What you need to know about the new tax law

Your tax reform questions answered
Your tax reform questions answered

It's official: There's a new tax law in town.

Last week, Congress passed the first major tax overhaul since Ronald Reagan was president. President Trump signed it on Friday.

The measure will shake up life for millions of Americans. But what does that mean for you and your wallet?

CNNMoney has collected some of your most common questions and answers.

WHEN WILL THE LAW START AFFECTING ME?

The law will not impact your 2017 taxes, which many people start filing returns for in a month or so.

But it will matter for your 2018 taxes. Most provisions affecting individuals and businesses, such as new tax brackets, begin on January 1, 2018.

But some provisions will kick in later. The penalty for not having health insurance, for instance, will be eliminated in 2019.

SO, HOW MUCH WILL I PAY?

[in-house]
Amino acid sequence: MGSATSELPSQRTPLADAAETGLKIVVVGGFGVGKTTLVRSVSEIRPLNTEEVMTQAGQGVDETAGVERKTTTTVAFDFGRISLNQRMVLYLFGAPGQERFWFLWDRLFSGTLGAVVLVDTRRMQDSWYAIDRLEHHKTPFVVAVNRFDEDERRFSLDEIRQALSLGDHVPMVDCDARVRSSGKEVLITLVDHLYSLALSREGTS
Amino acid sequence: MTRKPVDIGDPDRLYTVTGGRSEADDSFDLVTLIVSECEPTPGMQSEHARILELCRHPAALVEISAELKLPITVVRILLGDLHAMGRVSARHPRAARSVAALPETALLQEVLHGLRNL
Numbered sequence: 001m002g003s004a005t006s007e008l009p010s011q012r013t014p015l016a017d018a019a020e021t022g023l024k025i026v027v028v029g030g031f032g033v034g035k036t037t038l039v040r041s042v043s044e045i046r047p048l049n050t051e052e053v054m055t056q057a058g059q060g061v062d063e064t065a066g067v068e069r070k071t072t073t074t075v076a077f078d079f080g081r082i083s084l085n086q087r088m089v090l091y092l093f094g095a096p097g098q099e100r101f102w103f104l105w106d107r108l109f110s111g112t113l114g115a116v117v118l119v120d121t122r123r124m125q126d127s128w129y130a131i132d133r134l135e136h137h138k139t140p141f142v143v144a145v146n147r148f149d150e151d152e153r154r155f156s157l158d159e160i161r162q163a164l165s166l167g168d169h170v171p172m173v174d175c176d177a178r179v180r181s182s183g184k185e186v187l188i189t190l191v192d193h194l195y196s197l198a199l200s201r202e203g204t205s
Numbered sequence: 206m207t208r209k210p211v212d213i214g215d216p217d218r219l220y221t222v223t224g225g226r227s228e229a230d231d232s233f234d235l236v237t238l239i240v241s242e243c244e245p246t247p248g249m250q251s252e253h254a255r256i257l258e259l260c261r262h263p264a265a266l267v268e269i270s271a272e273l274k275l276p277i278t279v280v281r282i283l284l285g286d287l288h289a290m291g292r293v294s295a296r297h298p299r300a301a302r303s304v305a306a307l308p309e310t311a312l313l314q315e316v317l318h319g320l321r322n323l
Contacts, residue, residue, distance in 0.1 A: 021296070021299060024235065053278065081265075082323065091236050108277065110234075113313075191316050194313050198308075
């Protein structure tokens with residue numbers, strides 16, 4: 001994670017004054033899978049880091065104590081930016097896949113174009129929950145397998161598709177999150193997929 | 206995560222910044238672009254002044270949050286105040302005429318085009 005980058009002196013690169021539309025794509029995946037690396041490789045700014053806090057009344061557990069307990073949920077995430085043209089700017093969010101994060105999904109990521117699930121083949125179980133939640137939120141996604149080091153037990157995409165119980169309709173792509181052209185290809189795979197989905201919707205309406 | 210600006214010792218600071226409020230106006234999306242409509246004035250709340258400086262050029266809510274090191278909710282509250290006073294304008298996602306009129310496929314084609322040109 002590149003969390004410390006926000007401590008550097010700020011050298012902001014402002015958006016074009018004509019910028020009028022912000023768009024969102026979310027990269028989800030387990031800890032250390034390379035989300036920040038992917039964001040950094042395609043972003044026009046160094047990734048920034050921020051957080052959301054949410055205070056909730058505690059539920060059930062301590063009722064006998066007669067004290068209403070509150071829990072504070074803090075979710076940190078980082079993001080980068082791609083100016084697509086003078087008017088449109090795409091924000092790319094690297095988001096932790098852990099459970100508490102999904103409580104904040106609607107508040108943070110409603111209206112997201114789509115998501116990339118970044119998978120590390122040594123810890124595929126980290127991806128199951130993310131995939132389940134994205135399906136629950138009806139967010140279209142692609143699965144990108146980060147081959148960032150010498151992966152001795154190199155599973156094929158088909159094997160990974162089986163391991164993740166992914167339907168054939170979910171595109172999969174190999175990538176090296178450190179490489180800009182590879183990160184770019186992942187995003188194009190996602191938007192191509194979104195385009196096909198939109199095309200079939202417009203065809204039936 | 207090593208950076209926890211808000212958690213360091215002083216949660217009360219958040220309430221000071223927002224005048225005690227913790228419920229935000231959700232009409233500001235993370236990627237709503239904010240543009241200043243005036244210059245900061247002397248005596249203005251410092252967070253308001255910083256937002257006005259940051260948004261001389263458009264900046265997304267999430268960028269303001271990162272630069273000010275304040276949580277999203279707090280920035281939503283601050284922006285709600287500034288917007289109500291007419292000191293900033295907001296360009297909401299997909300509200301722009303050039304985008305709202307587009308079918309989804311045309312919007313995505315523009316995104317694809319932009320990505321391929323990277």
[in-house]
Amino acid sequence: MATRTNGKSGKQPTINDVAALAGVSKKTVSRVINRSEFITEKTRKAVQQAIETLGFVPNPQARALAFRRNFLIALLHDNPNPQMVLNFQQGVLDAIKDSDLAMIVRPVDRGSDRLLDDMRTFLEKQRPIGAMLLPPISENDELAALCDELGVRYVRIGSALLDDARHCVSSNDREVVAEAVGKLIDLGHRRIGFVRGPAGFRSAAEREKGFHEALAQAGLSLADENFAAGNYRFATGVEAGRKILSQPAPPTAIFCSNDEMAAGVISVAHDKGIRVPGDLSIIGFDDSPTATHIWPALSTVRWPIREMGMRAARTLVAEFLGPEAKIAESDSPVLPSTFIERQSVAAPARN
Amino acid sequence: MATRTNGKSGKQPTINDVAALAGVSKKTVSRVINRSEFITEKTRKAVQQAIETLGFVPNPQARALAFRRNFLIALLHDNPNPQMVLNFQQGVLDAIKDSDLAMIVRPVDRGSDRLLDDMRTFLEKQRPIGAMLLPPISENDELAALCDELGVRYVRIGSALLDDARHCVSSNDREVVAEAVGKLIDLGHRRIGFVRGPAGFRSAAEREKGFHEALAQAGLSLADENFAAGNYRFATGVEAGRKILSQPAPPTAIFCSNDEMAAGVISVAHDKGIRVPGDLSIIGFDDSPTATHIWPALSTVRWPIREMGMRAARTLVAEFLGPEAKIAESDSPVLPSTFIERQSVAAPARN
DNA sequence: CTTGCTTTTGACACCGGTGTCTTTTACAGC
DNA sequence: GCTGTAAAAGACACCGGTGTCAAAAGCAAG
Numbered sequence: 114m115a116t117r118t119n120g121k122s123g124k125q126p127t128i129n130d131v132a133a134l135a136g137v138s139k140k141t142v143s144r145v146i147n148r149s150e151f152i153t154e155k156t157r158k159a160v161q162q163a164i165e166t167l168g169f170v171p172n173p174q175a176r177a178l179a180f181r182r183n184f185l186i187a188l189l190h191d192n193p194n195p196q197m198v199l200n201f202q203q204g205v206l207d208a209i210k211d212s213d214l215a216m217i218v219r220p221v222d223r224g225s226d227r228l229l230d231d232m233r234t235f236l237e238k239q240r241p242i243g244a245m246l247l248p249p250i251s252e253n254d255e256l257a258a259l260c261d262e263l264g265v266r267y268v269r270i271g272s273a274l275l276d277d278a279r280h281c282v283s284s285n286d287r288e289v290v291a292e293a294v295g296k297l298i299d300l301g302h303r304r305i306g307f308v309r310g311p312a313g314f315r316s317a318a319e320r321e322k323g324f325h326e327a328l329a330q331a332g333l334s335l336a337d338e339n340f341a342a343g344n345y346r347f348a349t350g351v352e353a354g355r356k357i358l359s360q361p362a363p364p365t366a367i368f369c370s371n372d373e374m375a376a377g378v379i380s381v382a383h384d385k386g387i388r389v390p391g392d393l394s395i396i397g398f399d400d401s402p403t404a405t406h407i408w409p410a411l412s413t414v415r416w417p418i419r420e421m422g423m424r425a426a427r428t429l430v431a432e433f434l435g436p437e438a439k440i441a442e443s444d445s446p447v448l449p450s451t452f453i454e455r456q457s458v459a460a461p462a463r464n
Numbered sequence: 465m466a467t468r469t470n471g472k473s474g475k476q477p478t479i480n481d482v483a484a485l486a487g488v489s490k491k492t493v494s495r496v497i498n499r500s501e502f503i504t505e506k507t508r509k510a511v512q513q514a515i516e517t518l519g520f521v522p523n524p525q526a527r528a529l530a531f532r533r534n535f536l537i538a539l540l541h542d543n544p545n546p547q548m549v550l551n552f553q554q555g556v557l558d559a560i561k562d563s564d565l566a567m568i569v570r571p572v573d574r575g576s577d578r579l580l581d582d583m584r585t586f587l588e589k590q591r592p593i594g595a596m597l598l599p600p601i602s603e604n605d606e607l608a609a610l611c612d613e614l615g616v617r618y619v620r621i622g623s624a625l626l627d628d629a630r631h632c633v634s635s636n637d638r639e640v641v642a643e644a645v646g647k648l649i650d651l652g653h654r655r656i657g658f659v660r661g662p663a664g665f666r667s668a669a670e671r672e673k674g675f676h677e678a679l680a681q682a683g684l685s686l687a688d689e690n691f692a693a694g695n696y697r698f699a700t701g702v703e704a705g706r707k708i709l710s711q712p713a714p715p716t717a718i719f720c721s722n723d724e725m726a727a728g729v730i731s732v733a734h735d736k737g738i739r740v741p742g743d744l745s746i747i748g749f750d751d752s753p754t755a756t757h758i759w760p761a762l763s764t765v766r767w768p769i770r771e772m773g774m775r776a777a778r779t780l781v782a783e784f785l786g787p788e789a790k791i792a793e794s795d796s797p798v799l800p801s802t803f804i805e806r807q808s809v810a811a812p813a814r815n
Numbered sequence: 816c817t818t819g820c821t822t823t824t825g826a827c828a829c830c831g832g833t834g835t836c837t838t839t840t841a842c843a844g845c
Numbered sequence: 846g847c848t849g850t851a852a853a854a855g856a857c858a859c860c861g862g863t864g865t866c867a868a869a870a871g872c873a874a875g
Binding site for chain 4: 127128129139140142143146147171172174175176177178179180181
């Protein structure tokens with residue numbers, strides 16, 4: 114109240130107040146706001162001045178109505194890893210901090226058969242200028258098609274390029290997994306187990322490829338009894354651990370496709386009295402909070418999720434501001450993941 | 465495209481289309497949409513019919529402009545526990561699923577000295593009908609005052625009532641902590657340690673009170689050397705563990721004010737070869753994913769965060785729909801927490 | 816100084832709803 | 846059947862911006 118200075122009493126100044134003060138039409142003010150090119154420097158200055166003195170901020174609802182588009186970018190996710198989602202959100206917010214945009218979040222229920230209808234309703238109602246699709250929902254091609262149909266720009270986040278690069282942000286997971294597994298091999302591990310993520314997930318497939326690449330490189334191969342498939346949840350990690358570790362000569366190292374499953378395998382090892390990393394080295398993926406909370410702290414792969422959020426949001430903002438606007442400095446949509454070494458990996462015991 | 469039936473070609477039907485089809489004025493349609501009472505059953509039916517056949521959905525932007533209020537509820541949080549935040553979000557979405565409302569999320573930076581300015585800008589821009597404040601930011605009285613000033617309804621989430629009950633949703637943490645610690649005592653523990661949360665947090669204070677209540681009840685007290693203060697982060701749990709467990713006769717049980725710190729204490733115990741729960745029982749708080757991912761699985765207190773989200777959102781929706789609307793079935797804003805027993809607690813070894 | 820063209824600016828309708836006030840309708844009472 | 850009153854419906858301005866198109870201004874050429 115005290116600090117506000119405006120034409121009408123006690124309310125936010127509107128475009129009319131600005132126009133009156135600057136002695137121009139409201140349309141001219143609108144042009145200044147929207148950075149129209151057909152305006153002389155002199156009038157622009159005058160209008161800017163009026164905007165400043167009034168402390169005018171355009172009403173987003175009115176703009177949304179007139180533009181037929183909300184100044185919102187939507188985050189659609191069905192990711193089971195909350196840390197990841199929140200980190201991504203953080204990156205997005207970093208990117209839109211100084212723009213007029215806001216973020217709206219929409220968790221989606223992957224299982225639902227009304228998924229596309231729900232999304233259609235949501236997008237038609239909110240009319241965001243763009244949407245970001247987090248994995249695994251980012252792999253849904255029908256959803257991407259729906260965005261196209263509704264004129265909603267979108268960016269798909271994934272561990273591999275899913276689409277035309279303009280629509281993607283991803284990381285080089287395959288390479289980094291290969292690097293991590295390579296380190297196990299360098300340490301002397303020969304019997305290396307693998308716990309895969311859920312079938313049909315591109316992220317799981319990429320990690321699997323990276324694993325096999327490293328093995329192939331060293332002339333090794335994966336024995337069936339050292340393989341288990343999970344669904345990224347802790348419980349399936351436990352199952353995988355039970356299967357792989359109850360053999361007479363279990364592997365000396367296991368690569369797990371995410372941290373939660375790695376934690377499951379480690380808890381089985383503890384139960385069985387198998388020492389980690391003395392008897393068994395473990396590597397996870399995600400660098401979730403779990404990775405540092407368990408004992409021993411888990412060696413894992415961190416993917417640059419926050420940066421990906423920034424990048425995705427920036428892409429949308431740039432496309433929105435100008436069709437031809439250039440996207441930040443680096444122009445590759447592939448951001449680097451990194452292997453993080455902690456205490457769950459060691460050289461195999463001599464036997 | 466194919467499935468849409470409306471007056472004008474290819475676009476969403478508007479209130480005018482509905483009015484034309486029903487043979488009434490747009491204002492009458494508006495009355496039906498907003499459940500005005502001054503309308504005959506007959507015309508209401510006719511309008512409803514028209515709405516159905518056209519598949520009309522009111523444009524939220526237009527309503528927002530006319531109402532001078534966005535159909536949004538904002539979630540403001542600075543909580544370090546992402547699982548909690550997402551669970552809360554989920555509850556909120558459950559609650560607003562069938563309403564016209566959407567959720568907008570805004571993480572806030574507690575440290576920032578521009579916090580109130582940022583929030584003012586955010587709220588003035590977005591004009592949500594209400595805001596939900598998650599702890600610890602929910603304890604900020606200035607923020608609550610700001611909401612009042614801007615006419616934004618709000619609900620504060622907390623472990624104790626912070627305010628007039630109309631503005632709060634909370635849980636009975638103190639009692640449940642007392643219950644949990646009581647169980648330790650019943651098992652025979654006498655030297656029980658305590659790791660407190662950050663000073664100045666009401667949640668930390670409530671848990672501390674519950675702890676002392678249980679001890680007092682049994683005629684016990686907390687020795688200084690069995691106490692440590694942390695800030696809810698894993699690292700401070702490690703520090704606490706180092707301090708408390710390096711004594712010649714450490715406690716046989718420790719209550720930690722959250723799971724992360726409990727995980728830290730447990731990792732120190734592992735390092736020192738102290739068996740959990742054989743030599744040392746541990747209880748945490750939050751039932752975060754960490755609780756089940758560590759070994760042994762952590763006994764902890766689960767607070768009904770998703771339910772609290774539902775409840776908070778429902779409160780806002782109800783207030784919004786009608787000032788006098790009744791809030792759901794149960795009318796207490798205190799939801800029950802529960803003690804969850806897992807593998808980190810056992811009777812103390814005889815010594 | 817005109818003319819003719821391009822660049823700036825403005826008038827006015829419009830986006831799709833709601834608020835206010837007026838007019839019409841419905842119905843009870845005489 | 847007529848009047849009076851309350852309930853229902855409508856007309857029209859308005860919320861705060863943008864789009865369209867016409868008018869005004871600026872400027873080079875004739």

That will depend on a million things. (Well, not really, but you get the point.)

Your marital status, how many kids you have, how you make a living, where you live, which tax breaks you ordinarily take, plus other elements will affect the changes you'll see in your tax bill.

Use CNN's tax calculator to see how much you'll save (or lose) next year.

WHAT EXACTLY EXPIRES IN 2025?

Most of the changes that affect individuals will technically expire by the end of 2025. Whether or not they're extended beyond then will be determined by a future Congress. Most of the corporate provisions are permanent.

WILL THE LAW CHANGE MY TAX RATE?

There are still seven tax brackets for individuals, but the rates have changed. Find out where you fit here.

SHOULD I STILL ITEMIZE MY TAXES?

You may want to think twice as the new law essentially doubles the standard deduction.

For single filers, the standard deduction has increased from $6,350 to $12,000; for married couples filing jointly, it's increased from $12,700 to $24,000.

I HAVE MORE QUESTIONS. CAN YOU HELP?

Yes! We've collected a list of 34 things you need to know about the tax law. We're also answering your questions here.

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